There will be ongoing points of tension between those in the church who see MCC service as “too political” and “not political enough.” Indeed this tension will in all likelihood increase as governments in Canada and the USA and elsewhere call upon the expertise that agencies such as MCC have acquired and provide the funding and programmatic opportunities for it to be applied. A recent Canadian International Development Agency paper on “Peacemaking” indicates that MCC experience in behind-the-scenes mediation and mediation training has had an influence on {86} policymaking and will be increasingly in demand. A meeting between church agencies and U. S. Pentagon officials last year included such questions as: “So, what can we do for you in Sudan? What kind of ways can the US military help you in your programs?” Indeed, at the time of writing, MCC had been asked by another religiously-based relief and development agency to consider a joint operation of humanitarian assistance with the military in Haiti. (MCC promptly declined.)

Some will see the greatest danger as being too involved in things they see as “political.” Others suggest that there is a greater danger in pulling back from words and actions that have political ramifications. In each case, the concern and critique is a helpful and needed reminder for MCC to be “in but not of the world." This tension demands that all within the Mennonite/BIC church dialogue, evaluate, and then fashion the vision, mandate, and program of MCC. The task ahead is not an easy one and will demand the best that we have and can be.

. . . the world has learned well her ways of making enemies, weapons and wars . . . can MCC and its constituents be wise as serpents and harmless as doves? Can we live and teach Christ’s reconciling way of making enemies into friends in our daily walk and across the world? . . . these days call for much fasting, prayer and inner cleansing and commitment to the biblical foundations of our Anabaptist peace and justice witness. . . . self-righteousness, hate, and fear impede that witness, while hope, trust and love release and enhance our witness. Let us express our witness with confidence, humility and joy. 33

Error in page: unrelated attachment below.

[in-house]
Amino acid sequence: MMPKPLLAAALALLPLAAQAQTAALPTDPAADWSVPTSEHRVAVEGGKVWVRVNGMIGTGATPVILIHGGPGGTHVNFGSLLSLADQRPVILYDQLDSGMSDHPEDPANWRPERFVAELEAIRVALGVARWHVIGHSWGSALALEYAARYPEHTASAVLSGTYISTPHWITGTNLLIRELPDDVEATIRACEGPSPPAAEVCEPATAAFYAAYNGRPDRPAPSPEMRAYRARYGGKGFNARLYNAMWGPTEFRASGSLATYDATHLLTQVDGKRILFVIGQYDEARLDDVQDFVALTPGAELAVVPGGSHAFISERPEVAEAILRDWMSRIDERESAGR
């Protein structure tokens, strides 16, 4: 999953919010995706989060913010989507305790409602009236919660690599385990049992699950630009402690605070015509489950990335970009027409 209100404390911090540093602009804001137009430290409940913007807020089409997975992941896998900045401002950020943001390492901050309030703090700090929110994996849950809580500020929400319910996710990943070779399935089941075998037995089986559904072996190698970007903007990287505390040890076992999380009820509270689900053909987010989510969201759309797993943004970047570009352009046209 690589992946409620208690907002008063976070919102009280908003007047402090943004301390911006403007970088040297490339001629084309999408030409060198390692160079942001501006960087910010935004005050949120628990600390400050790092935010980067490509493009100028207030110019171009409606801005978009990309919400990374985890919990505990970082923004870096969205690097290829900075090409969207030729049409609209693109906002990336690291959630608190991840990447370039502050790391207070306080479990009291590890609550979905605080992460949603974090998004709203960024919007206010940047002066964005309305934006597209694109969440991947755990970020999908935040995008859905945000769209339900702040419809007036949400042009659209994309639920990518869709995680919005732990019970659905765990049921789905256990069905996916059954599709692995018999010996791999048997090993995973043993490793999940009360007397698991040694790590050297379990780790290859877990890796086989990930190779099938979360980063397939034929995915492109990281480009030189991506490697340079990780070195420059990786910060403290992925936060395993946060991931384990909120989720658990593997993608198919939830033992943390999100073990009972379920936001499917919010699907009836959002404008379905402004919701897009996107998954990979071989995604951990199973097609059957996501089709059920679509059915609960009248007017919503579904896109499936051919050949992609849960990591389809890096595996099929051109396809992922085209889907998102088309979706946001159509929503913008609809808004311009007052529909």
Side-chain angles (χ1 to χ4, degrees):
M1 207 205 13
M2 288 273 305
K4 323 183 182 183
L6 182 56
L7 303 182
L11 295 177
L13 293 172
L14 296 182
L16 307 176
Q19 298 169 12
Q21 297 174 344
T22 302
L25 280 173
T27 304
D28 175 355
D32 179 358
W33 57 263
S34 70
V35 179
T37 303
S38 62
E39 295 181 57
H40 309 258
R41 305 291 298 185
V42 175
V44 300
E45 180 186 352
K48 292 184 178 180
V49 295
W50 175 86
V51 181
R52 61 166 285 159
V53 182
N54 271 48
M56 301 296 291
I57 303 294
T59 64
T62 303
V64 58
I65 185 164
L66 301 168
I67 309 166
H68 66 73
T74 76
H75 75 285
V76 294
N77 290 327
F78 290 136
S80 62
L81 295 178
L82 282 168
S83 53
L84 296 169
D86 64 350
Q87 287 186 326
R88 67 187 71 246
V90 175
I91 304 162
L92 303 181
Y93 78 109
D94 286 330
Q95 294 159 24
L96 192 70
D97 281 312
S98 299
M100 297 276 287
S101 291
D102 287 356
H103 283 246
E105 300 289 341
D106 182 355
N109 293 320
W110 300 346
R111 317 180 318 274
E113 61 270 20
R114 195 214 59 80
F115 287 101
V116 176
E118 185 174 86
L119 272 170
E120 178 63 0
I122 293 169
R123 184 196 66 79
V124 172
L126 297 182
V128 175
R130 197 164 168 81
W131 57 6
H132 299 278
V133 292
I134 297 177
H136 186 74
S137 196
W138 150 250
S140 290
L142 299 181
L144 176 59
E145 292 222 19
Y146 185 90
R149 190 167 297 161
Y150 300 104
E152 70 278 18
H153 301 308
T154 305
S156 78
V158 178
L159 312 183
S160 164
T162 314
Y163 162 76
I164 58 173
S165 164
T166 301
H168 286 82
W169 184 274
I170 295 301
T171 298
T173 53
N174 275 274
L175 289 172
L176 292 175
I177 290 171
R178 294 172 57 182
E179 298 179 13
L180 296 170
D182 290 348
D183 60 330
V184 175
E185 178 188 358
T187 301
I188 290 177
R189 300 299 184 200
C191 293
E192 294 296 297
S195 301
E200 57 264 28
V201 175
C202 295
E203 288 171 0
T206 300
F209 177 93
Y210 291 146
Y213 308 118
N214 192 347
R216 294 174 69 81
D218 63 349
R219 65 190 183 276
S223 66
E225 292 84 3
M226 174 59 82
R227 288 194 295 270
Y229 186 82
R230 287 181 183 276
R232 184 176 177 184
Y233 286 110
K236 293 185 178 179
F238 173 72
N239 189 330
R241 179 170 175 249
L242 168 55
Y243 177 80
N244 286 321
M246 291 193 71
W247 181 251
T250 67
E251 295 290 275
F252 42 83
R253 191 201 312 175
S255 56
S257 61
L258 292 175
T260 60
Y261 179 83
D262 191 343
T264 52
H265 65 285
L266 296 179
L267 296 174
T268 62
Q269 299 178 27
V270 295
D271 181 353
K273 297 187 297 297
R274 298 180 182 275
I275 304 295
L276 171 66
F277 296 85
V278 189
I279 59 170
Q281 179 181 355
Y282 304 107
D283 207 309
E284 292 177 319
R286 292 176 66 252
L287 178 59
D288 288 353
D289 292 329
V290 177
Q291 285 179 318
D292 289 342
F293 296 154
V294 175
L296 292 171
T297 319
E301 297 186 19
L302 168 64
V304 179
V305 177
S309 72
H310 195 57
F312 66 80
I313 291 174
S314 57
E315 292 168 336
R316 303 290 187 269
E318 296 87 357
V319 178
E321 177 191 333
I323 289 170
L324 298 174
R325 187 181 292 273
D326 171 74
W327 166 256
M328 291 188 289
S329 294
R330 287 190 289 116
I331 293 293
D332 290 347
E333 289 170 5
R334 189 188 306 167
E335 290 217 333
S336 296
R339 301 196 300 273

1. Ervin Ray Stutzman. “From Nonresistance to Peace and Justice: Mennonite Peace Rhetoric, 1951-91.” Unpublished Ph.D. dissertation, Temple University, 1993, p. 10. See also occasional letters to the editor of Mennonite and Brethren in Christ periodicals.
  2. Mark Neufeld. “Critical Theory & Christian Service: Knowledge and Action in Situations of Social Conflict,” Conrad Grebel Review. Vol. 6, No. 3 (Fall), 1988, 247-262.
  3. Roger Epp, “Rethinking International Relations: An Introduction,” Conrad Grebel Review, Vol. 12, No. 1 (Winter), 1994, iii-vi.
  4. Hugo Zorrilla. “The Christian and Political Involvement,” in Victor Adrian & Donald Loewen (Eds.). Committed to World Mission: A Focus on International Strategy. Winnipeg: Kindred Press, 1990, 103-105.
  5. John A. Lapp. “Church and Society: Critical Issues for an International Service Agency.” Address to a university class, 1993.
  6. Charmayne Denlinger Brubacher. “MCC 1993 Workbook Speech,” at the MCC Annual Meeting, Sarasota, Florida, February 18, 1994.
  7. Response at the MCCC Annual Meeting, Calgary, October 28-29, 1993.
  8. Norman E. Thomas. “Church-State Relations and Mission”, in Phillips, James M. and Robert T. Cootes (Eds.). Toward the 21st Century in Christian Mission. Grand Rapids: Eerdmans, 1993. {87}
  9. Keith Graber Miller. “Wise as Serpents, Innocent as Doves: American Mennonites Engage Washington.” Unpublished Ph.D. dissertation, Emory University, 1994, p. 93.
  10. Quoted in Miller, “Wise as Serpents” 4.